This week’s Pearl of Leadership Wisdom is on Management.

“YOU MUST PLAN! The implications for administrators who do not plan are serious today and lethal tomorrow.”Henri Fayol (1841 – 1925)

It is worth remembering that a lot of what we take for granted and value (law, democracy, capitalism) are not naturally occurring, like sunshine and rain, but have in fact been arrived at by debate and thought over the centuries and millennia. Going back to these first principles can often be interesting.

Management is no different…

Henri Fayol is generally considered the father of what was called planning. Today, I think it would be called management.

Fayol offered some key principles for transforming businesses. This is essentially his management philosophy:

1. Division of work – this is about allowing people to specialise, to do what they are good at with minimal associated garbage like box ticking.

2. Authority – management’s right to manage. This country is a democracy, but the workplace isn’t. If you are respected and respectable, you may get a tacit vote, but this is not a right.

3. Discipline – employees must obey (but will not do so in the face of poor leadership). Leaders need to remember you can condition people very quickly – if you allow indiscipline to go unremarked, you will quickly find more of it that you can handle, and it will be your fault. I don’t operate a no-blame culture in these pearls – it will be your fault.

4. Unity of command – one boss only please. With two bosses, someone always gets abused. Sometimes the subordinate, but in my experience usually one or both of the managers.

5. Subordination of individual interest – the goals of the firm are always paramount. If you have some prima ballerinas, and you are not running a dance troupe, you have a problem. They’re going for self-actualisation and sending you the bill.

6. Remuneration – payment is an important motivator (I know they love working here but they wouldn’t turn up if you didn’t pay them. And neither would you.)

7. Line of authority – you need a hierarchy. Worker’s co-ops have failed to take over the world for a reason.

8. Equity – kindliness and justice is required. Absolutely, and the effective worker being treated the same as the ineffective worker looks like an injustice to both. But only one of them is laughing.

9. Stability of tenure – always good but no fur-lined ruts please. Dead wood is the fastest growing tree I’ve ever seen.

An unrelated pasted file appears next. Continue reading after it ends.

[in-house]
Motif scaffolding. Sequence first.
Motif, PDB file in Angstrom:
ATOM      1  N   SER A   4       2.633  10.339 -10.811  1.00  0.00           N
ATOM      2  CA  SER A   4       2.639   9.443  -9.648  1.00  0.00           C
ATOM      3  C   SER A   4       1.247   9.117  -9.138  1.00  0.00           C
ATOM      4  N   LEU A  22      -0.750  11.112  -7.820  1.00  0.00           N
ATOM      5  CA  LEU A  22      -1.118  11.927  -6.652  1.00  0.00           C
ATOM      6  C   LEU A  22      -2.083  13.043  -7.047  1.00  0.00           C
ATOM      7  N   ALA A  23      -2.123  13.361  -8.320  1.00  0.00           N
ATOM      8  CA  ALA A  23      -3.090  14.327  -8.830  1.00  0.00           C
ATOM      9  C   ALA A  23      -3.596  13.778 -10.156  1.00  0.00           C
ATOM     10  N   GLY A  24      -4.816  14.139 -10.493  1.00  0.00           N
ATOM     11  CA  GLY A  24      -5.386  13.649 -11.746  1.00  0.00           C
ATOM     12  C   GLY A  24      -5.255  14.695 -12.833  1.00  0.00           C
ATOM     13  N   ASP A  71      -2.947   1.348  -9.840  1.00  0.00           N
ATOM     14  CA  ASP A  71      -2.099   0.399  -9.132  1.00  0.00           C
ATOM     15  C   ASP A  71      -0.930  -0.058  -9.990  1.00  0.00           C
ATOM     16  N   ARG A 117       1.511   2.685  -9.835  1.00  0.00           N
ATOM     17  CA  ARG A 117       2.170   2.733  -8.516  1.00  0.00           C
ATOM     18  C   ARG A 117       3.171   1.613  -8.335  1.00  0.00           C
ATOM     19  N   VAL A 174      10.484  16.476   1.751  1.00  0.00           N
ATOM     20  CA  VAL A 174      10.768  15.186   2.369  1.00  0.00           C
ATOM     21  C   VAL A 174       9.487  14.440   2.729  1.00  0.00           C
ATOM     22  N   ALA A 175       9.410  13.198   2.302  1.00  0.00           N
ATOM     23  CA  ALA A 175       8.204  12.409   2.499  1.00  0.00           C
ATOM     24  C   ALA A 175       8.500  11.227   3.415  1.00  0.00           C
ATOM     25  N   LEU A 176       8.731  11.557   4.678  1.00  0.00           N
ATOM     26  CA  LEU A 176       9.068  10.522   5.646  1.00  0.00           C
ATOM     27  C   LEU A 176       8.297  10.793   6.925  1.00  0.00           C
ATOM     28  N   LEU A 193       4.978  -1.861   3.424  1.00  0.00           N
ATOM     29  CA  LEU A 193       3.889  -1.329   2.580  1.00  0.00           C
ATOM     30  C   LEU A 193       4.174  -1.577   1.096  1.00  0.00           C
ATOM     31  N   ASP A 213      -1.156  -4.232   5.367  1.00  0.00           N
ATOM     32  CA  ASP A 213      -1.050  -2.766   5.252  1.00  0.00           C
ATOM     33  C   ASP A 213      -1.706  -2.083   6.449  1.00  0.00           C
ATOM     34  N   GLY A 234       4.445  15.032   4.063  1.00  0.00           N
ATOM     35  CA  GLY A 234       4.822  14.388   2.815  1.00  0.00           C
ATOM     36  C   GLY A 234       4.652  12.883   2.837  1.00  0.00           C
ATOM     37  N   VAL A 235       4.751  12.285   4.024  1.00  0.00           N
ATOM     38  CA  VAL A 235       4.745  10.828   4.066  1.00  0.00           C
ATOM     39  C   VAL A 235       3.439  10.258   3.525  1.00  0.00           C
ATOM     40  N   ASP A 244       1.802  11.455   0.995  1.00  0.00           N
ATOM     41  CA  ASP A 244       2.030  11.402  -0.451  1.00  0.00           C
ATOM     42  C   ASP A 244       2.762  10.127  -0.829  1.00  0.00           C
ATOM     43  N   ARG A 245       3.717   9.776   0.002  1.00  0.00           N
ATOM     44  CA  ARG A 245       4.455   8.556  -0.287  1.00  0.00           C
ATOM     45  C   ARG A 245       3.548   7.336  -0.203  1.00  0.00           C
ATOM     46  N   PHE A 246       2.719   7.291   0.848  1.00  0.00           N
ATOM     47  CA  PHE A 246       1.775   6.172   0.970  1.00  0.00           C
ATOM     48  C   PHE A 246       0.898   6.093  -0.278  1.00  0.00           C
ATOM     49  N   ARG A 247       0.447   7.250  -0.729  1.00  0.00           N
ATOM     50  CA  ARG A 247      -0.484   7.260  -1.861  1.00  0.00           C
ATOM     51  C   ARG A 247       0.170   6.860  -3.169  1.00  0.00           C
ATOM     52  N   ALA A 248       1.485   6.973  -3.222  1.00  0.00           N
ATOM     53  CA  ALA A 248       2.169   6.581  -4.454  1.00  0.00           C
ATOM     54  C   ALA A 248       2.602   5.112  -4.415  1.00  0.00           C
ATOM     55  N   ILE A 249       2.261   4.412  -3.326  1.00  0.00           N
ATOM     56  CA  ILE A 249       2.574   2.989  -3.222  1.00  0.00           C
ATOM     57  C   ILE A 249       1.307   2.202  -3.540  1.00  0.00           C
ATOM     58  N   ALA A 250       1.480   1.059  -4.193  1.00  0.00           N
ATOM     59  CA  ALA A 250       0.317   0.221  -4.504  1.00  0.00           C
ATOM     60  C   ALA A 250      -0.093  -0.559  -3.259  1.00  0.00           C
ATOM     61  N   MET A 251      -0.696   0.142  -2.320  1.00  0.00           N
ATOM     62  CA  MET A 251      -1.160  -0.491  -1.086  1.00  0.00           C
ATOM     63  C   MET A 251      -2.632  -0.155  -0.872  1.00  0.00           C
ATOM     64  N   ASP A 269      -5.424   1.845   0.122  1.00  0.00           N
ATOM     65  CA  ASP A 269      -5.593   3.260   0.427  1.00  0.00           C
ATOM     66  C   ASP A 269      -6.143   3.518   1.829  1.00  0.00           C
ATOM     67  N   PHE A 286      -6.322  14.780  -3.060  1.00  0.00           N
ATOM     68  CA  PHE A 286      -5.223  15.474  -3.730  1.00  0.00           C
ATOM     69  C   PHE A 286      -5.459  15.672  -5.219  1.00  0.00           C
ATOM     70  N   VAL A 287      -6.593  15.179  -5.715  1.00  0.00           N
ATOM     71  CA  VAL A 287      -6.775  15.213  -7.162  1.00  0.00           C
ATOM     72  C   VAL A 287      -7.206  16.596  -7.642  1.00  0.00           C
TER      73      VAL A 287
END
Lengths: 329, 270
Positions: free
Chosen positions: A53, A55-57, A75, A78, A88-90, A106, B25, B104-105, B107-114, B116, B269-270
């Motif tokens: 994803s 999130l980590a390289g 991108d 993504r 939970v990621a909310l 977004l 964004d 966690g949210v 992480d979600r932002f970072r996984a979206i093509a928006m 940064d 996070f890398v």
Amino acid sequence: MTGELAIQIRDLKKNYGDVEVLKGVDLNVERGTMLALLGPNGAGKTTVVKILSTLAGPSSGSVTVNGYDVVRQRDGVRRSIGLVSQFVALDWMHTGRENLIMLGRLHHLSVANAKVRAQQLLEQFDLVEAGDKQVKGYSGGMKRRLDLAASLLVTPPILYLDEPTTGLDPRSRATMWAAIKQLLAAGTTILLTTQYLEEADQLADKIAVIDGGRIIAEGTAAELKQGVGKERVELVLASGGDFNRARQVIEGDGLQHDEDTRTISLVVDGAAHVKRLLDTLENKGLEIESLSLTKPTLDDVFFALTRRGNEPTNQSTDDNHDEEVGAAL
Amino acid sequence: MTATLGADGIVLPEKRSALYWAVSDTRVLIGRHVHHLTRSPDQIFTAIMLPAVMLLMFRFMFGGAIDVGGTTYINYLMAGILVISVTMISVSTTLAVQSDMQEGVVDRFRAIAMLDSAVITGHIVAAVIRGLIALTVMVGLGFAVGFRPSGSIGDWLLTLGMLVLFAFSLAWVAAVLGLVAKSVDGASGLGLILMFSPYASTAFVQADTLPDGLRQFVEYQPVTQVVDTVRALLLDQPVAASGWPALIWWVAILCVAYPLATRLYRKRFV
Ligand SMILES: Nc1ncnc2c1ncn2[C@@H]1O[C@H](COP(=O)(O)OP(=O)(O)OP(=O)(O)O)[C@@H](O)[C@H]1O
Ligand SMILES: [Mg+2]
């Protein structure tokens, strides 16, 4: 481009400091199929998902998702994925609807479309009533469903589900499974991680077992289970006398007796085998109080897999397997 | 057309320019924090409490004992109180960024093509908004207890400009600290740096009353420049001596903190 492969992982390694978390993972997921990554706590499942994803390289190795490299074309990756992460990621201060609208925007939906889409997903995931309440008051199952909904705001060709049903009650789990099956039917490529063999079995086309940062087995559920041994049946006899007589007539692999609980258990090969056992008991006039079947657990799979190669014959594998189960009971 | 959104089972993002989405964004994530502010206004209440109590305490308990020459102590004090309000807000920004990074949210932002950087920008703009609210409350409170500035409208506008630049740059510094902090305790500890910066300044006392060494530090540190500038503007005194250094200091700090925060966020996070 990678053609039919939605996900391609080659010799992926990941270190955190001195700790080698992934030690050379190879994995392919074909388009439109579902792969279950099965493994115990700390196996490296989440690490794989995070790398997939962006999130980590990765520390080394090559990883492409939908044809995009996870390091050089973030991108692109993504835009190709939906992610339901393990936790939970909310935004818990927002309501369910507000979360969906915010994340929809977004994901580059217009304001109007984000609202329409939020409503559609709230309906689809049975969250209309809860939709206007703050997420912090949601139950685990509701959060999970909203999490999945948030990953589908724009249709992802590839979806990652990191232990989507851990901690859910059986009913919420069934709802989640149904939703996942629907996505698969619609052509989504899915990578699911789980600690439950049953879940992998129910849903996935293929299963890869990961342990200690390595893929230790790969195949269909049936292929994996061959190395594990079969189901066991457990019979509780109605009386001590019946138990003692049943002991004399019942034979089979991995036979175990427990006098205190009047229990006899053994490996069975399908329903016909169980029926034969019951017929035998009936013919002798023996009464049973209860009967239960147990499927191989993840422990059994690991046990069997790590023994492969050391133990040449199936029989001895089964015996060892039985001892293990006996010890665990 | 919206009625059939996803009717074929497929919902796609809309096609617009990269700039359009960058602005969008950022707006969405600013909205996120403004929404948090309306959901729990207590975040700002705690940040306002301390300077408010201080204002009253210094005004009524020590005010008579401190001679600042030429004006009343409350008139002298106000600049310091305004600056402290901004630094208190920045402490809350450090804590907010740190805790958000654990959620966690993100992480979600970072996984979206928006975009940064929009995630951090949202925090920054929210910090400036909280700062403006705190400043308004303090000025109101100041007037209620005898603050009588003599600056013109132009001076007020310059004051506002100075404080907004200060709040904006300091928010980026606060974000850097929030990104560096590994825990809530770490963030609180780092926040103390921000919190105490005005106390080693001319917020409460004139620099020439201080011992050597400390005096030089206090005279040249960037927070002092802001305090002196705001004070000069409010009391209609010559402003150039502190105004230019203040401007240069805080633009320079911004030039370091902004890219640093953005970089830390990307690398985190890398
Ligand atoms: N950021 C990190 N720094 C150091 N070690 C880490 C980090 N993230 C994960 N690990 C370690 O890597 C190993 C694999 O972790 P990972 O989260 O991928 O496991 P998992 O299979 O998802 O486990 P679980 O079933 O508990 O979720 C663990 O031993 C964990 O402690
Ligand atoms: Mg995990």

10. Initiative – allow it, but you need a process (see 5 above). This is a workplace, not a I-think-I’ll-do-whatever-I-like-place. That’s called a playroom.

11. Esprit de Corps – a real trick. Probably results from clarity of purpose, attractiveness of vision, good communications, a coaching environment, a supportive performance culture and the open and swift resolution of dysfunction.

Seems like a reasonable foundation to me.

Fad alert…

Because of the elusiveness of effective management, it is susceptible to fad. Fads are not worthless, but they are often presented as the cure-all, the panacea. Therefore managers place too much faith in the miraculous ability of the fad to solve all their management dilemmas. Then, when disappointment sets in, managers totally reject the fad, throwing out the baby with the bathwater.

Some notable fads in my life time have been –

  • One-minute management
  • Total quality management
  • Learning organisations
  • Excellence
  • Chaos
  • Management by objectives
  • Matrix management
  • Process-re-engineering

They all had value, but were all presented as a new religion, which leads to cynicism (and the creation of a few millionaires, who I suspect are also cynical).

There is one exception…

…matrix management. This has no known value because, like time travel, it cannot be achieved. If you don’t know what matrix management is, do NOT Google it – it will not enrich your life.

I do believe that good management is essential but rare. Good management is something you get better at as you get older. Good managers are NOT born. Management must be taught, seldom is and cannot be mastered in a classroom.

If you are a manager…

I salute you. Your job is hard. And essential.



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